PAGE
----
Occurrence of antibiotic resistance inEscherichia colifrom surface waters and fecal pollution sources near Hamilton, Ontario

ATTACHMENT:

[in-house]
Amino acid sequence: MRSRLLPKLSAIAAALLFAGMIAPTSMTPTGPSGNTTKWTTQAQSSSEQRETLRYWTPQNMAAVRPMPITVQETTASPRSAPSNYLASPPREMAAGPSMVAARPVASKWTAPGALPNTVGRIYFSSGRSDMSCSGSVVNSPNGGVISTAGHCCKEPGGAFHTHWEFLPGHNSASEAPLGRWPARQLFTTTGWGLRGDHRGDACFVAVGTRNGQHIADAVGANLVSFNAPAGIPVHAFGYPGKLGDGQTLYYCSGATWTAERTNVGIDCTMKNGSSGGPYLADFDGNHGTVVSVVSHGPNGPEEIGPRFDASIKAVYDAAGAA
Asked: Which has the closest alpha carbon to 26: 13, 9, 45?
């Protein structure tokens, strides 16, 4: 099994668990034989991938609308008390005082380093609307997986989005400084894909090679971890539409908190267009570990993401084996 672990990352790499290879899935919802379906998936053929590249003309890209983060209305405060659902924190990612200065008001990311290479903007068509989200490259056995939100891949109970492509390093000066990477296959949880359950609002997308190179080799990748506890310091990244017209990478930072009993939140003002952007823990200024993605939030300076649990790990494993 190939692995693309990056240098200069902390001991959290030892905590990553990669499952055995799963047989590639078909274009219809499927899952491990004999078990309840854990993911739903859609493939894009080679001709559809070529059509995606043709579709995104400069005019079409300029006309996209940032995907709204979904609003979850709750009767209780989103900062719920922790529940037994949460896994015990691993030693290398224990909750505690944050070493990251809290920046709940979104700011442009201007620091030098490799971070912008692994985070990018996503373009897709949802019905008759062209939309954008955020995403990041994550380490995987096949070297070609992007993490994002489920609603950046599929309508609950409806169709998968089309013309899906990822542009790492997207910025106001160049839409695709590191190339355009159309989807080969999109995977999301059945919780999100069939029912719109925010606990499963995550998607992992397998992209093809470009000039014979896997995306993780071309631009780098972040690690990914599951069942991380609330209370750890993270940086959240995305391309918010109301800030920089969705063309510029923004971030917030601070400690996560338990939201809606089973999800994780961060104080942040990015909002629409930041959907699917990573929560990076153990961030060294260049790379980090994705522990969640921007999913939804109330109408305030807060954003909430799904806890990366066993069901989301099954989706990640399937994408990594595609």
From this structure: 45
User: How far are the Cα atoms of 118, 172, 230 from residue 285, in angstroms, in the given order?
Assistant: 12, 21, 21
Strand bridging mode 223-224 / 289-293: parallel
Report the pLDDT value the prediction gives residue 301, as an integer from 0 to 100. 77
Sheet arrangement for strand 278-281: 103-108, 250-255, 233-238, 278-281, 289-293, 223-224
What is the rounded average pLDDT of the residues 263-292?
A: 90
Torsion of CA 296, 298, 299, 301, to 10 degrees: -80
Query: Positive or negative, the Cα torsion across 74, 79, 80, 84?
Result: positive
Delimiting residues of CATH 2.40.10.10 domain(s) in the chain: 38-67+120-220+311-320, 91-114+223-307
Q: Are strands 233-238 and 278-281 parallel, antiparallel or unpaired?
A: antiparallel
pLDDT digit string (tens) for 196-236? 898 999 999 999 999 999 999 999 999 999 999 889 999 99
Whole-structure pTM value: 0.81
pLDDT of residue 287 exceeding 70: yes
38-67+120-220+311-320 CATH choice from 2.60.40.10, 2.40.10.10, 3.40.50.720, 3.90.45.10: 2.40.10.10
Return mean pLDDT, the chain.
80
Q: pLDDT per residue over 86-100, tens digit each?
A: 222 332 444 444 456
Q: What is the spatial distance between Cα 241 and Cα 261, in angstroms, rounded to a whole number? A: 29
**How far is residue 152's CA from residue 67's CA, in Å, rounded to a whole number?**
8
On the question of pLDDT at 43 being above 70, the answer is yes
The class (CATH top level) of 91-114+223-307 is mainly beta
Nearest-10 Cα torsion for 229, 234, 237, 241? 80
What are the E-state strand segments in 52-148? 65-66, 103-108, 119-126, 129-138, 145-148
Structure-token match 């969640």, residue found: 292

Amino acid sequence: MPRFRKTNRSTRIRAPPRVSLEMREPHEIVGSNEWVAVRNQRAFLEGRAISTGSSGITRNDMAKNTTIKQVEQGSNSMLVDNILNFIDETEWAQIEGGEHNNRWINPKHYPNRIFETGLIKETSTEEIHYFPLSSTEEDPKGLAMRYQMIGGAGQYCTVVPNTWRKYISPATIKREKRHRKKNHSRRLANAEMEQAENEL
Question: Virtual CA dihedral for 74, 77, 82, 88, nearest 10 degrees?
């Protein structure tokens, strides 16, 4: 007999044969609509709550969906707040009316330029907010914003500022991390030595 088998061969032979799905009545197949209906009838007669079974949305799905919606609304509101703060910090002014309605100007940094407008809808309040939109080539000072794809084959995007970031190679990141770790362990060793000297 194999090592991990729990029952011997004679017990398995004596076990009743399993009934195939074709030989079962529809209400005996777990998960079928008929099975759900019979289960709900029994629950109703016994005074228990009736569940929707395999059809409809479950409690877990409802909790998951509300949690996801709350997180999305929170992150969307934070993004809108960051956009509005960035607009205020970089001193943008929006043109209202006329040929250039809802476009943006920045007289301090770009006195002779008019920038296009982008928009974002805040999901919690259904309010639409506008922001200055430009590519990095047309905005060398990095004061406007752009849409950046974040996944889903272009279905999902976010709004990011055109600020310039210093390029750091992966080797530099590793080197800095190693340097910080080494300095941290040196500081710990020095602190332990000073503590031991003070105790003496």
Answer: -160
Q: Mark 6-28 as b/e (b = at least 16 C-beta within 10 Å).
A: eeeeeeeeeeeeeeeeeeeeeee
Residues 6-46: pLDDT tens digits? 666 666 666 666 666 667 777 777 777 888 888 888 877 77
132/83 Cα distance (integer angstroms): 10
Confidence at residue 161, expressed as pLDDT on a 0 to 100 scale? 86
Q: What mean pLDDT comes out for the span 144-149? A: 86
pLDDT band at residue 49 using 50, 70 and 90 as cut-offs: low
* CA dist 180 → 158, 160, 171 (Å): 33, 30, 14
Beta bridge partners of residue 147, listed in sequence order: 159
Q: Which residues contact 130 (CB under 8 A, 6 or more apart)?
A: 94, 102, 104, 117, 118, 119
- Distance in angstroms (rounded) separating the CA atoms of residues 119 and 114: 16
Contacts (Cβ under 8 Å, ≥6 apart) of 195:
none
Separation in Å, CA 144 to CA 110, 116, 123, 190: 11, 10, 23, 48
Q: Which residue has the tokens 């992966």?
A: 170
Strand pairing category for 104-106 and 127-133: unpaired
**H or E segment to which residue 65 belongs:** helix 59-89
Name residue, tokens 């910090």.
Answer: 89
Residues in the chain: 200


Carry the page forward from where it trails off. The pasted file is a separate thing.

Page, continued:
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Antibiotic resistance was examined in 462 Escherichia coli isolates from surface waters and fecal pollution sources around Hamilton, Ontario. Escherichia coli were resistant to the highest concentrations of each of the 14 antibiotics studied, although the prevalence of high resistance was mostly low. Two of 12 E. coli isolates from sewage in a CSO tank had multiple resistance to ampicillin, ciprofloxacin, gentamicin, and tetracycline above their clinical breakpoints. Antibiotic resistance was less prevalent in E. coli from bird feces than from municipal wastewater sources. A discriminant function calculated from antibiotic resistance data provided an average rate of correct classification of 68% for discriminating E. coli from bird and wastewater fecal pollution sources. The preliminary microbial source tracking results suggest that, at times, bird feces might be a more prominent contributor of E. coli to Bayfront Park beach waters than municipal wastewater sources.
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